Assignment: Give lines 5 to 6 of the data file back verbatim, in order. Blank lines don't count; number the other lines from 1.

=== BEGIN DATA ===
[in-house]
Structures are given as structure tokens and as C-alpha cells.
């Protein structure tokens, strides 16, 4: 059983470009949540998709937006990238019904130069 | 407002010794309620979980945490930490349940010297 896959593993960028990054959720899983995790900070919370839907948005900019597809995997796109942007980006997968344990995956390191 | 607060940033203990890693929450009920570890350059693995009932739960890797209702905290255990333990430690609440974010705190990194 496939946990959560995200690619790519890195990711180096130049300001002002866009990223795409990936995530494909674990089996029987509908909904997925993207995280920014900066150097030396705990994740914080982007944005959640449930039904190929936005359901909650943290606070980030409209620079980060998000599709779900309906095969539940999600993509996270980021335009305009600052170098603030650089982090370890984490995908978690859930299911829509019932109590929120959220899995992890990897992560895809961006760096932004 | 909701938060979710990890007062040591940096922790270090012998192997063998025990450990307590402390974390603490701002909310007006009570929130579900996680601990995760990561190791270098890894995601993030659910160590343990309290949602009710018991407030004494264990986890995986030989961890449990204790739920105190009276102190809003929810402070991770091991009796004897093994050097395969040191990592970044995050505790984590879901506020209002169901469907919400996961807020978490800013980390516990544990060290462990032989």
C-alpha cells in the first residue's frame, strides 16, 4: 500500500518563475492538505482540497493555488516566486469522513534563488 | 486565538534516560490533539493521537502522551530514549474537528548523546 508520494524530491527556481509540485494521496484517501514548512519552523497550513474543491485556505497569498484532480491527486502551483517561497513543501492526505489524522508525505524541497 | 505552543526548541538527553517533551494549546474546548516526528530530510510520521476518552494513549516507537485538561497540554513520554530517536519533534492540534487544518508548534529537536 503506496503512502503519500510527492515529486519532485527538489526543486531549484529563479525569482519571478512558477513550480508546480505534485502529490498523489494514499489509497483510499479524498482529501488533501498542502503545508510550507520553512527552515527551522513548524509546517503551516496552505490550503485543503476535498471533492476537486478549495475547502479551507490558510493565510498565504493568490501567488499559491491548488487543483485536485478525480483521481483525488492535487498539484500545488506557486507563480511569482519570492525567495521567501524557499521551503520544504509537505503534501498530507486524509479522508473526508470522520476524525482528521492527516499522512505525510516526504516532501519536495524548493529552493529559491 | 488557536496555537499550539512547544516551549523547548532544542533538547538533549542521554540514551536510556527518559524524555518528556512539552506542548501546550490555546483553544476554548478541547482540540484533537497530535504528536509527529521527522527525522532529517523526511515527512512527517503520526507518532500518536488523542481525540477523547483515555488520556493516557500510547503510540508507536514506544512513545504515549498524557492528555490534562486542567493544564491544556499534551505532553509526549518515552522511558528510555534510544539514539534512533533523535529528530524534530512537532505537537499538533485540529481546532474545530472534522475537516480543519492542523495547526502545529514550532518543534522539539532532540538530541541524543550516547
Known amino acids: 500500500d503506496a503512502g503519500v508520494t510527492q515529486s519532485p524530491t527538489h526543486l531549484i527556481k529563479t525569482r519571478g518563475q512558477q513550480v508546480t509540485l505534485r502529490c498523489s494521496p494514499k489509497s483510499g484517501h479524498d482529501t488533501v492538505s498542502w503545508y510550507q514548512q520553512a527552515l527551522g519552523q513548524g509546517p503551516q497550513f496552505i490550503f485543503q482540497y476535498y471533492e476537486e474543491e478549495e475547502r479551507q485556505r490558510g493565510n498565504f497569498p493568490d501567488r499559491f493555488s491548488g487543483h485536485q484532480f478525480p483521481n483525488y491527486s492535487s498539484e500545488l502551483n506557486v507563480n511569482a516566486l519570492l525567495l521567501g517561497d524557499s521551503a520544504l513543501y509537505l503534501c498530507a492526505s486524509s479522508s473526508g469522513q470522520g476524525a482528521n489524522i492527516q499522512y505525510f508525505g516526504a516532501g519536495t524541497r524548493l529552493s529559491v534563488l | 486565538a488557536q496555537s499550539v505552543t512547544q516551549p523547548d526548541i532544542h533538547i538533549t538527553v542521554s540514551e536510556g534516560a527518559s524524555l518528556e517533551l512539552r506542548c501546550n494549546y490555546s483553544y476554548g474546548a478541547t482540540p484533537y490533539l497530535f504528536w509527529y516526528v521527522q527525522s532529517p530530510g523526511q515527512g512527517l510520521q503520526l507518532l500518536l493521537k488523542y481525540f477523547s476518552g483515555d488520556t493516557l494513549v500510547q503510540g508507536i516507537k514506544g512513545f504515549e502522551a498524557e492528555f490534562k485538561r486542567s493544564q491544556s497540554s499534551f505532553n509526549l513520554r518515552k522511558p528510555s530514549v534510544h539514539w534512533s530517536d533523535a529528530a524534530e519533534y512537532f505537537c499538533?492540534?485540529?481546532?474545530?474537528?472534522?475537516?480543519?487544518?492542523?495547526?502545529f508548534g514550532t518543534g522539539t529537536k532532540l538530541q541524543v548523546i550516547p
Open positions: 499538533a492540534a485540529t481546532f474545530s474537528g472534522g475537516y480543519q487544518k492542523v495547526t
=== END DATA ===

Known amino acids: 500500500d503506496a503512502g503519500v508520494t510527492q515529486s519532485p524530491t527538489h526543486l531549484i527556481k529563479t525569482r519571478g518563475q512558477q513550480v508546480t509540485l505534485r502529490c498523489s494521496p494514499k489509497s483510499g484517501h479524498d482529501t488533501v492538505s498542502w503545508y510550507q514548512q520553512a527552515l527551522g519552523q513548524g509546517p503551516q497550513f496552505i490550503f485543503q482540497y476535498y471533492e476537486e474543491e478549495e475547502r479551507q485556505r490558510g493565510n498565504f497569498p493568490d501567488r499559491f493555488s491548488g487543483h485536485q484532480f478525480p483521481n483525488y491527486s492535487s498539484e500545488l502551483n506557486v507563480n511569482a516566486l519570492l525567495l521567501g517561497d524557499s521551503a520544504l513543501y509537505l503534501c498530507a492526505s486524509s479522508s473526508g469522513q470522520g476524525a482528521n489524522i492527516q499522512y505525510f508525505g516526504a516532501g519536495t524541497r524548493l529552493s529559491v534563488l | 486565538a488557536q496555537s499550539v505552543t512547544q516551549p523547548d526548541i532544542h533538547i538533549t538527553v542521554s540514551e536510556g534516560a527518559s524524555l518528556e517533551l512539552r506542548c501546550n494549546y490555546s483553544y476554548g474546548a478541547t482540540p484533537y490533539l497530535f504528536w509527529y516526528v521527522q527525522s532529517p530530510g523526511q515527512g512527517l510520521q503520526l507518532l500518536l493521537k488523542y481525540f477523547s476518552g483515555d488520556t493516557l494513549v500510547q503510540g508507536i516507537k514506544g512513545f504515549e502522551a498524557e492528555f490534562k485538561r486542567s493544564q491544556s497540554s499534551f505532553n509526549l513520554r518515552k522511558p528510555s530514549v534510544h539514539w534512533s530517536d533523535a529528530a524534530e519533534y512537532f505537537c499538533?492540534?485540529?481546532?474545530?474537528?472534522?475537516?480543519?487544518?492542523?495547526?502545529f508548534g514550532t518543534g522539539t529537536k532532540l538530541q541524543v548523546i550516547p
Open positions: 499538533a492540534a485540529t481546532f474545530s474537528g472534522g475537516y480543519q487544518k492542523v495547526t